29 November 2019
Options for farmers have now broadened when it comes to managing their greenhouse gas (GHG) footprint on-farm.
The recent inclusion of urease-coated urea fertilisers as an option in the nutrient budgeting tool OverseerFM means
farmers will now be able to demonstrate the benefits of its use in reducing farm emissions.
Urease-inhibited urea fertiliser, such as Ravensdown’s N-Protect, has dual benefits. It decreases volatilisation losses,
therefore increasing agronomic efficiency by retaining more nitrogen (N) in the root zone. The inhibitor slows down the
action of the naturally occurring urease enzymes in soil, which in turn slows down the conversion of urea to ammonium
ions and the consequent rise in soil pH around the dissolving granule. The rise in pH converts ammonium ions into
ammonia gas (ammonia volatilisation). The secondary benefit is that less ammonia gas is lost to the atmosphere. A
portion of the gas returns to the soil, some of which can be converted into the potent greenhouse gas nitrous oxide.
Farmers will eventually be responsible for their GHG emissions at a farm level, so the recent inclusion of urease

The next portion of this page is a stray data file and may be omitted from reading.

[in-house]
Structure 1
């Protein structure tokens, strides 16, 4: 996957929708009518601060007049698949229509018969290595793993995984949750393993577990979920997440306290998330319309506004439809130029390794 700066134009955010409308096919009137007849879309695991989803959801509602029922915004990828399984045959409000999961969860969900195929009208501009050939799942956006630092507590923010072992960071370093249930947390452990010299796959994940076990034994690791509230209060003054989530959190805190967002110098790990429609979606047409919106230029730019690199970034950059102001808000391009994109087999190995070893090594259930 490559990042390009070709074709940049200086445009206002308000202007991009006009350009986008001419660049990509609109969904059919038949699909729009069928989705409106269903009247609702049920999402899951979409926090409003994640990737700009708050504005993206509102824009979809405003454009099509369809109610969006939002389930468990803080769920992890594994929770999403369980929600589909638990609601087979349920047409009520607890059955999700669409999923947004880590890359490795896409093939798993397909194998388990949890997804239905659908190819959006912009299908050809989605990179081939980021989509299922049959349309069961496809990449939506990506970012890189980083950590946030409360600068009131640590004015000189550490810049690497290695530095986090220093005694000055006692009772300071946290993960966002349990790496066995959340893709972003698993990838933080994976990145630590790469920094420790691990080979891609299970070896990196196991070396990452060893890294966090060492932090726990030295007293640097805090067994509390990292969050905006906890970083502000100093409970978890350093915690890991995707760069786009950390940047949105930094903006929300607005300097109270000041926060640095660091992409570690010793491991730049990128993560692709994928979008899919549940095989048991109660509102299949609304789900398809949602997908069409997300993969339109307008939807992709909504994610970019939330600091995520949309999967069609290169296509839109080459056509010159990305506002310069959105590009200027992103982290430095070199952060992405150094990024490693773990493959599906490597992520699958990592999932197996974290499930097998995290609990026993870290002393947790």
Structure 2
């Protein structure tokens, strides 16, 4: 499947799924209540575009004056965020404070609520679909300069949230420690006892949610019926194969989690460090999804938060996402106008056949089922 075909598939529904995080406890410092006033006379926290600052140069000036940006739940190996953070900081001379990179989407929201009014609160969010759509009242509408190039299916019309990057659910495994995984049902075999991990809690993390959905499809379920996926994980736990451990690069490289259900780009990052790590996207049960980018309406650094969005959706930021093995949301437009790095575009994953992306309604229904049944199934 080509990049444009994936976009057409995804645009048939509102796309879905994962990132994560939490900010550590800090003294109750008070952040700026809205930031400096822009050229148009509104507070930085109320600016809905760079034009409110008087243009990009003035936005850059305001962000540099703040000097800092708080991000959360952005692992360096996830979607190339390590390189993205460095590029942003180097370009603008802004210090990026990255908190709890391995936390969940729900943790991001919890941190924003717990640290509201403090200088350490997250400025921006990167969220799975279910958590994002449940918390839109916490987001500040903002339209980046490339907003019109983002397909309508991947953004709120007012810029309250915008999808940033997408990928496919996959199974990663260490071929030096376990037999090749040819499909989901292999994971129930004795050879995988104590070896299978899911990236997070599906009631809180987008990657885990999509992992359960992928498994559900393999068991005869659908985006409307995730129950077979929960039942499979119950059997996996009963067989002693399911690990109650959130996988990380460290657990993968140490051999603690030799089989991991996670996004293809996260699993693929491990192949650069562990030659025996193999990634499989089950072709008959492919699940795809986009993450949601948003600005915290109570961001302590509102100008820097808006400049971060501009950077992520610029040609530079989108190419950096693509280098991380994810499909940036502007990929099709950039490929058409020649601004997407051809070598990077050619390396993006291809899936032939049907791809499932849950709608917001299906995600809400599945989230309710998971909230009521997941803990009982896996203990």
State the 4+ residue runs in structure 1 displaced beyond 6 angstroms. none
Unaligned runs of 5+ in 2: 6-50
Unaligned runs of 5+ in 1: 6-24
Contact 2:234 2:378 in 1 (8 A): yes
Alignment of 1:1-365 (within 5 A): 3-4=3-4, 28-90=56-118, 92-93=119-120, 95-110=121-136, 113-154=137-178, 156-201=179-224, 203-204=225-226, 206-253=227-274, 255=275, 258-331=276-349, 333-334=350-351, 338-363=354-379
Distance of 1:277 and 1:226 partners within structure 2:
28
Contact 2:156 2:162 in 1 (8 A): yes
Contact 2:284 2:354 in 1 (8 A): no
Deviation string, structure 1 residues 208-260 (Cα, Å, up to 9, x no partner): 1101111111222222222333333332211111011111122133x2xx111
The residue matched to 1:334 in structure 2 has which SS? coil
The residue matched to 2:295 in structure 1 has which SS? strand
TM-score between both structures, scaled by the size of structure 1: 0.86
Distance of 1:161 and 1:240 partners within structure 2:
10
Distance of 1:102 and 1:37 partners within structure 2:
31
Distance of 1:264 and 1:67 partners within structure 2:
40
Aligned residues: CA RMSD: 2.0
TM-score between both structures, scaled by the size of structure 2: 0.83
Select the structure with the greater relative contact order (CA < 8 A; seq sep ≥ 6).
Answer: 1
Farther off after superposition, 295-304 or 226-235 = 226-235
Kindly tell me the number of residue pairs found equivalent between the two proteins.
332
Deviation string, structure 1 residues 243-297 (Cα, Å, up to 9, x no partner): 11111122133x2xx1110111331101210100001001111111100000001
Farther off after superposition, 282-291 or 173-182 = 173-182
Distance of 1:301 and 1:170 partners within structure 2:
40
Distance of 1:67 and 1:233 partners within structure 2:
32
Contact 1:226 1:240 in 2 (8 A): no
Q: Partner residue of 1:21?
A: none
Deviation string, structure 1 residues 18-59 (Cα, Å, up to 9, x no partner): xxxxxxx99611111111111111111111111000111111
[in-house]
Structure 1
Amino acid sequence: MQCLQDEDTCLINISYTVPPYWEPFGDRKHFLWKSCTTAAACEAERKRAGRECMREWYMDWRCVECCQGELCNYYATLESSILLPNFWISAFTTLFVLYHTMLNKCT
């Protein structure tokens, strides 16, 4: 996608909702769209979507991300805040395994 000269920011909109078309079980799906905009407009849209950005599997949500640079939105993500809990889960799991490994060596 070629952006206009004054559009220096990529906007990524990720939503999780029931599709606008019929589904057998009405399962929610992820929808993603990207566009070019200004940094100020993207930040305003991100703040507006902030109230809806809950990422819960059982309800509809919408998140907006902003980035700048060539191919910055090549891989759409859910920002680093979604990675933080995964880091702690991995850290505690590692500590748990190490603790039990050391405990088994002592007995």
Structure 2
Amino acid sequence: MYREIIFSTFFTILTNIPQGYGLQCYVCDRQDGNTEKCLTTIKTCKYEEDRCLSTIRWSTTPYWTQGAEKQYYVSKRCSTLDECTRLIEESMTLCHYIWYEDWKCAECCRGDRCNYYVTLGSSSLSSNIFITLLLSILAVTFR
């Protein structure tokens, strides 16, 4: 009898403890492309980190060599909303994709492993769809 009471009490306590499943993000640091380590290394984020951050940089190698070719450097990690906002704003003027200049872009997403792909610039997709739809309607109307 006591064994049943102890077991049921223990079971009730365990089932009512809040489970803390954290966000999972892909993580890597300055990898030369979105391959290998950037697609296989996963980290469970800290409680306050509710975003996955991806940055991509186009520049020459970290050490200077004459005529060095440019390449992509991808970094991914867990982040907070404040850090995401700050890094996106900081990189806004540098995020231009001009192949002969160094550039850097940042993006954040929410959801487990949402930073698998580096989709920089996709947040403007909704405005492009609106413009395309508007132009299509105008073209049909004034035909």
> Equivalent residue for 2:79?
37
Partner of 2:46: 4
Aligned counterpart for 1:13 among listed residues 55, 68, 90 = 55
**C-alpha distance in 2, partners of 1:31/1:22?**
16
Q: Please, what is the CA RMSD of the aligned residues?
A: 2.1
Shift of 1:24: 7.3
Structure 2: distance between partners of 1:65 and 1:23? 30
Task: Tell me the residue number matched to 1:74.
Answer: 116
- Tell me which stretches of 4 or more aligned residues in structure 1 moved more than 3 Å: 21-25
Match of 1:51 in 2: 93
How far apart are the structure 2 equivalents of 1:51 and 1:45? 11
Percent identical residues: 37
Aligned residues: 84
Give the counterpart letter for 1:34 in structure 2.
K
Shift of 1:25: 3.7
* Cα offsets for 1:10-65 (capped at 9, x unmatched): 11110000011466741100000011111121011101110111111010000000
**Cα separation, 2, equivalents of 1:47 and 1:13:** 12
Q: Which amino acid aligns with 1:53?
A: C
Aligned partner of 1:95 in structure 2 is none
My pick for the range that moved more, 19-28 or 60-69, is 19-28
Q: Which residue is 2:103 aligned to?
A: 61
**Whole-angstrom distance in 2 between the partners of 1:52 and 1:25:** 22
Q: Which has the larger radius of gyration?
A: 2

inhibitors in OverseerFM means those who are using it will be a step closer to demonstrating the benefits of reducing
their emission footprint.
While the greenhouse gas saving is small on a single application of urea basis, it’s the multiplier effect of how much
urea is used in total per year in New Zealand. If all the urea that was used was inhibited, it would have the following
effect on the total nitrous oxide evolution from New Zealand soils and pasture systems:
Reduce indirect N fertiliser losses of N2O by 6-7%
Reduce total agricultural N2O emissions by 1%
Save around $970,000 in national GHG liabilities, assuming 500,000 tonnes of urea is sold annually (coated with 250 ppm
NBPT at application and a carbon price of $20 per tonne).